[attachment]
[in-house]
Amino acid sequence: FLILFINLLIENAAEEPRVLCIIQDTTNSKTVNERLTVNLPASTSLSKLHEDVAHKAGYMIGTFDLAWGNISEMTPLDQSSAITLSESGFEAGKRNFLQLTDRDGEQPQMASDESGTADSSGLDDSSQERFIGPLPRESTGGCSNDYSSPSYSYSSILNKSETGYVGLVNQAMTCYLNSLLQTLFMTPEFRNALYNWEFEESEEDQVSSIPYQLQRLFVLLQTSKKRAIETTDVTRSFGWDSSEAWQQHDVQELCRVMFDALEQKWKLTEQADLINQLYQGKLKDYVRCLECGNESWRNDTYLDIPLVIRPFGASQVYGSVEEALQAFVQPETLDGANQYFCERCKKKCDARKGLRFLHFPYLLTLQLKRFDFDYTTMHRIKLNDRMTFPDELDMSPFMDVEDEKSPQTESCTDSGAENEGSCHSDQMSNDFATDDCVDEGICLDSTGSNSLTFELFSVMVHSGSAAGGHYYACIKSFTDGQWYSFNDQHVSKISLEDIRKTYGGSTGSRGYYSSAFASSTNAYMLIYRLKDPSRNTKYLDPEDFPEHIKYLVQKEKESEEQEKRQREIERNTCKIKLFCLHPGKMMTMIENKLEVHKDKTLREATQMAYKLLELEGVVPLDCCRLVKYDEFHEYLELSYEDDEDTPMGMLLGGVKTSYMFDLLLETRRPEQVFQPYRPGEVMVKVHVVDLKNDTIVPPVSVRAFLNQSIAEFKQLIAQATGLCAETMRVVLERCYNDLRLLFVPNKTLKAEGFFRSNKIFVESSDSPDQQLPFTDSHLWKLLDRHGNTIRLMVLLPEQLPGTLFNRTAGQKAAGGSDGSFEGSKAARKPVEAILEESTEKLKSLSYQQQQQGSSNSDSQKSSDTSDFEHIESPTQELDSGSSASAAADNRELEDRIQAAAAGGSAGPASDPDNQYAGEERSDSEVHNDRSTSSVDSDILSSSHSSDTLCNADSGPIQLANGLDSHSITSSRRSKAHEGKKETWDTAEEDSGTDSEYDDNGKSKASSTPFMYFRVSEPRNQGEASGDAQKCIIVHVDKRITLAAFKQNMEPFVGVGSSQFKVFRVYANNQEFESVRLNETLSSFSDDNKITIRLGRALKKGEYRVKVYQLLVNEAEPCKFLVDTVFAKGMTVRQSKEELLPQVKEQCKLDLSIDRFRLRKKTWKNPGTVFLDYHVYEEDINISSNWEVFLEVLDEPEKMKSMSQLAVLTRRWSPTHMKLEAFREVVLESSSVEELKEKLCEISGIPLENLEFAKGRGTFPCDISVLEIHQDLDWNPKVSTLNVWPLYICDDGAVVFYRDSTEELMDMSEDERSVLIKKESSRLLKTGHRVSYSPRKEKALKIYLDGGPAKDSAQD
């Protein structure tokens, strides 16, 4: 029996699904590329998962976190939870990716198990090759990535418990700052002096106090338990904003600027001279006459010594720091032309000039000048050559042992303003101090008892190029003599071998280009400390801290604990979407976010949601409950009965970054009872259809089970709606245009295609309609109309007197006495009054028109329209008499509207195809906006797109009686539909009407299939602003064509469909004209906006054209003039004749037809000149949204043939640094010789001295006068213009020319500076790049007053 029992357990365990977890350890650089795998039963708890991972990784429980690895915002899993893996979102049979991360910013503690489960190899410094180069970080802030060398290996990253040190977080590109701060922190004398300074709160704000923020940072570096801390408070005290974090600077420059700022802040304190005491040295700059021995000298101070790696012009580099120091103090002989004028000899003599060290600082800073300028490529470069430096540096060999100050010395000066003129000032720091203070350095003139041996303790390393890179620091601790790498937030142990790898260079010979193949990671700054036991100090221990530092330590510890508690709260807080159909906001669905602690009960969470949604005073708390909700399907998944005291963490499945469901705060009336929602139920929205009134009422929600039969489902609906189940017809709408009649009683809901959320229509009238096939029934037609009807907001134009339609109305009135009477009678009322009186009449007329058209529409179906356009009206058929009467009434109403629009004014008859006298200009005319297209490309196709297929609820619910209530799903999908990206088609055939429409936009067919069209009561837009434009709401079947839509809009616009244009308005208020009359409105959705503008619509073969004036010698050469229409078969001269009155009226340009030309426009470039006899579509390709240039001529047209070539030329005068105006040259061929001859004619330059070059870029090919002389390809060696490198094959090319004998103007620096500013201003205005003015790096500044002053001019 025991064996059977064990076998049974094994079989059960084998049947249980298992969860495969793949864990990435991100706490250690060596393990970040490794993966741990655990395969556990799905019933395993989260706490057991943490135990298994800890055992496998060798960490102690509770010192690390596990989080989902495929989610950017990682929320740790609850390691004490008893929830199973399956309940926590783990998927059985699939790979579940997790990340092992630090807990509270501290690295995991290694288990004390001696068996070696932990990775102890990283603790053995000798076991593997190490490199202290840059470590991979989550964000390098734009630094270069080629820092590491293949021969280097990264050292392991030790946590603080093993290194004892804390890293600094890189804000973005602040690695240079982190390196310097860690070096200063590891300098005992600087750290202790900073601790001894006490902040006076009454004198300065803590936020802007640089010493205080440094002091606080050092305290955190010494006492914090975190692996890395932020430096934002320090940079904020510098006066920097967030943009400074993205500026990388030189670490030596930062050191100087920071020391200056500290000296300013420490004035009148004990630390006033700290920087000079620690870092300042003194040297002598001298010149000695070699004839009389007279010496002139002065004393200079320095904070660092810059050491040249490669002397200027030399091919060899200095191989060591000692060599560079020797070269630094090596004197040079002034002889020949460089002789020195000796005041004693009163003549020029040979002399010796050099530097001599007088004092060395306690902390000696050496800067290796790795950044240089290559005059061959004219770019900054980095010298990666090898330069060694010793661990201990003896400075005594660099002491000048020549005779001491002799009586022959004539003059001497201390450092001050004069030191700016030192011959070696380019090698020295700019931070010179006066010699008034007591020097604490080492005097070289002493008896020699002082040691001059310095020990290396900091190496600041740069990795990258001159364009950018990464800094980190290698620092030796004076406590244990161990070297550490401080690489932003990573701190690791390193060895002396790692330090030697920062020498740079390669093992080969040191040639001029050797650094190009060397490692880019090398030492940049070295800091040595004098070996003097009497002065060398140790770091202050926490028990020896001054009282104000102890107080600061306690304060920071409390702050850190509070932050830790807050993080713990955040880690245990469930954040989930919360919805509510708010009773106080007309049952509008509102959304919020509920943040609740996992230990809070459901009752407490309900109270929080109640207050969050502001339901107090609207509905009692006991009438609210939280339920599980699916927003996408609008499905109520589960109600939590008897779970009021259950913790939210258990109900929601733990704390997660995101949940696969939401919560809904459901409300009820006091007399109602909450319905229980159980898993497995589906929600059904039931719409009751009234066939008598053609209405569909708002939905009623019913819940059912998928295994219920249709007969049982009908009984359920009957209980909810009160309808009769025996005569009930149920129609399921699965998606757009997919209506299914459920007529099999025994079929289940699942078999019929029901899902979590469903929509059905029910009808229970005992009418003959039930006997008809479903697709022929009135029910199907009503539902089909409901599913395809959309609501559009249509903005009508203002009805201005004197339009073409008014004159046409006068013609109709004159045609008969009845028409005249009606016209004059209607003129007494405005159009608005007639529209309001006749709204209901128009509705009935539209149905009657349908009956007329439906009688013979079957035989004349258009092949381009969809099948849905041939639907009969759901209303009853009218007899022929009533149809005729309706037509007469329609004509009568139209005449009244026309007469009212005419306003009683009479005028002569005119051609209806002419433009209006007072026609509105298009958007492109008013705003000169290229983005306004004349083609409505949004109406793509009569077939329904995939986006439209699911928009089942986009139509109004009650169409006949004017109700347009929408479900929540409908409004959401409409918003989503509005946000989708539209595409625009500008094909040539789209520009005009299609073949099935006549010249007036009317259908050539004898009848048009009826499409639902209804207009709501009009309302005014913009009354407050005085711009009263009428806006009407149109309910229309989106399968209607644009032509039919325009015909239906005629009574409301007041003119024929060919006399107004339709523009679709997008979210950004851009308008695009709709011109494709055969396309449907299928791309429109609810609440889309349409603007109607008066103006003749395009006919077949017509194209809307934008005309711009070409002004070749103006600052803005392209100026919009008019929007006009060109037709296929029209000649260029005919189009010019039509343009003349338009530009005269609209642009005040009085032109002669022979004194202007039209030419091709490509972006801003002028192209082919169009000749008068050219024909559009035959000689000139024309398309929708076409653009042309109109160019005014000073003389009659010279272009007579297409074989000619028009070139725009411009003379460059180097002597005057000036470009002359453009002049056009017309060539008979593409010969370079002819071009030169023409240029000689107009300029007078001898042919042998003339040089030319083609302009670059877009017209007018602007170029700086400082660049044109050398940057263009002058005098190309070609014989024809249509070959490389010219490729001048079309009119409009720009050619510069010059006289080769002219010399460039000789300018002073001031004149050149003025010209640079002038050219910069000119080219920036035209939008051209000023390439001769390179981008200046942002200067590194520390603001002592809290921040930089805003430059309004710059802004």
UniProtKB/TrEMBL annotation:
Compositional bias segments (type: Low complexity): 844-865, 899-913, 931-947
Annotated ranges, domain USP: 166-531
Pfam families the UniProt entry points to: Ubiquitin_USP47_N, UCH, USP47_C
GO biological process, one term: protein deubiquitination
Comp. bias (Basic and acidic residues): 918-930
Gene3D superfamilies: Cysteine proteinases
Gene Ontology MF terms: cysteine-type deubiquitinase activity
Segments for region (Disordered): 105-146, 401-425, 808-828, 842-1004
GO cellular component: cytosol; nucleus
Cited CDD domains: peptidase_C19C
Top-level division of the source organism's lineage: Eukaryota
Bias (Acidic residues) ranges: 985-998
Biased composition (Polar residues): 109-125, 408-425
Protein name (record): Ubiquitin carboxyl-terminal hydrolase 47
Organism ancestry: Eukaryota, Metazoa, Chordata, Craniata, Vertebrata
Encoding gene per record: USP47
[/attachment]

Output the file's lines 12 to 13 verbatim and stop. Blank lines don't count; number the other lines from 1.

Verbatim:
Segments for region (Disordered): 105-146, 401-425, 808-828, 842-1004
GO cellular component: cytosol; nucleus